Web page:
I Learned About Flying From That: Putting Training to Work

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It was a beautiful day for flying. The takeoff from Waco Regional Airport in Waco, Texas, was routine and uneventful as I turned onto a northwest heading as indicated by the GPS. I had reduced from takeoff power to about 2,450 rpm and about 24 inches of manifold pressure. As I was leaving 1,500 feet and exiting Waco tower's airspace, tower advised us to contact Fort Worth Center. I switched over and made the call.

"Fort Worth Center, Bonanza 9792R with you, 1,500 climbing to 2,500."

After getting an acknowledgement, I began adding about an inch of manifold pressure when I heard a sound similar to a shot from one of those Roman candles that we played with as children. The sound was followed immediately by a puff of white smoke from just behind the propeller and then — no sound.

We had just become a glider.


It had been a normal July morning in New Braunfels, Texas, just outside of San Antonio. It was hot and humid with lots of puffy clouds after the morning low clouds had burned off. I had left my home and driven to the airport where the 1960 M35 Beechcraft Bonanza that I had just taken delivery of three months earlier was hangared.

My trip that morning was to fly to Waco and pick up my friend and ­fellow pilot David McClendon for a trip to Jacksboro, Texas. Dave was going to see his old friend Steve ­Bernstein, the owner of Jacksboro Nautical Aero and the designated examiner for the school. I was going to help out at the school, see my friend Bren Slaton, the school's chief pilot, and do grunt work for the weekend, hoping that, if I begged enough, I'd get some time in the 1946 Aeronca Super Chief floatplane.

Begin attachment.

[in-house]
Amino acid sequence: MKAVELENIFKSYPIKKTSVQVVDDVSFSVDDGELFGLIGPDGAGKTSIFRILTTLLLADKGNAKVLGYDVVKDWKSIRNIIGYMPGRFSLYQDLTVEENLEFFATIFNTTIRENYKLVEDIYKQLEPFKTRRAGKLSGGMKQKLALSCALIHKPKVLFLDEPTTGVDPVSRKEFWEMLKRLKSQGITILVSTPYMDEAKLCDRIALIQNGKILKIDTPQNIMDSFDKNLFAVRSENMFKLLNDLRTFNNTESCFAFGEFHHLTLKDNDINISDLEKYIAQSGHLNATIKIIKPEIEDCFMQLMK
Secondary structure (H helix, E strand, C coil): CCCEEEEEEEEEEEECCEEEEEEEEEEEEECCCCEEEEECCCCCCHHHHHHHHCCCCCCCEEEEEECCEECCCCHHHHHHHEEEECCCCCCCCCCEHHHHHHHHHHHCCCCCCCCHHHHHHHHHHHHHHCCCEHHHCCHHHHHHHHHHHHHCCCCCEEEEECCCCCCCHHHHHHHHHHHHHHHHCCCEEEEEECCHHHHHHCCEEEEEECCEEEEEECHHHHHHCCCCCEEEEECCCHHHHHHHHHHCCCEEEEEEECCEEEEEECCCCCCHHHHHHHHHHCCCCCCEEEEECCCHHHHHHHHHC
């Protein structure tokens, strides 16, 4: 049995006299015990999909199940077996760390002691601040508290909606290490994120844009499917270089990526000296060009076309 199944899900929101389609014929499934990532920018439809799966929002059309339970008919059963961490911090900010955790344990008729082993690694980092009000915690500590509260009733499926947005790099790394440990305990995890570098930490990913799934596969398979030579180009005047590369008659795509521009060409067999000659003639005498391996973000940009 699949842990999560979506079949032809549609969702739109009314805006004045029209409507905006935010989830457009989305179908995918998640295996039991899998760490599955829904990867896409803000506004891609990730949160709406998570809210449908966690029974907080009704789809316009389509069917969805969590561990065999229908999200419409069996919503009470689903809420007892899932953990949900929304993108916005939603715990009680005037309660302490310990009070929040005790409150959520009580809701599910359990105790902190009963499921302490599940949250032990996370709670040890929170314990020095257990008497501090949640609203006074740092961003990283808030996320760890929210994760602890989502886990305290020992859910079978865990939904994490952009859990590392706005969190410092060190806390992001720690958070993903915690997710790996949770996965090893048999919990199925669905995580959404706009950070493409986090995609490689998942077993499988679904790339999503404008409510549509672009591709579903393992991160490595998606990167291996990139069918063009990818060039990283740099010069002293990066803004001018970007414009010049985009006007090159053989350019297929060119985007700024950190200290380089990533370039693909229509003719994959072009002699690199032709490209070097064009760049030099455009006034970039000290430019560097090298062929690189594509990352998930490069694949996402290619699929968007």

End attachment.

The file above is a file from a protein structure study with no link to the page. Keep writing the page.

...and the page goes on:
The flight to Waco had been predictable, although bumpy at 2,500 feet. The Bonanza ran great and the GPS took me right to Waco. Always looking for an opportunity and hearing little traffic on the frequency, I contacted Waco Approach and asked for a practice IFR approach to Runway 19.

I didn't have a safety pilot and couldn't put the hood on, but it would be good practice to shoot the approach VFR for the procedures. Waco Approach obliged, I didn't embarrass myself, and I landed and taxied up to Texas Aero, where Dave was waiting. Without shutting down (I had just read an article about the difficulties of hot-starting fuel-injected engines), I motioned Dave to climb aboard.

As Dave got situated, I taxied back out to Runway 19 and advised tower we were ready to go. Tower confirmed I wanted flight following to 21F (Jacksboro). I advised affirmative, which later proved to be a good decision. If I don't file IFR, I always request flight following just for help with traffic avoidance as well as to stay sharp on radio procedures. Rolling out onto 19, I applied power and the Bonanza leapt into the air. We were heading to Jacksboro.


"There goes the engine," I told Dave on the intercom as I began a right turn back in the direction of the airport.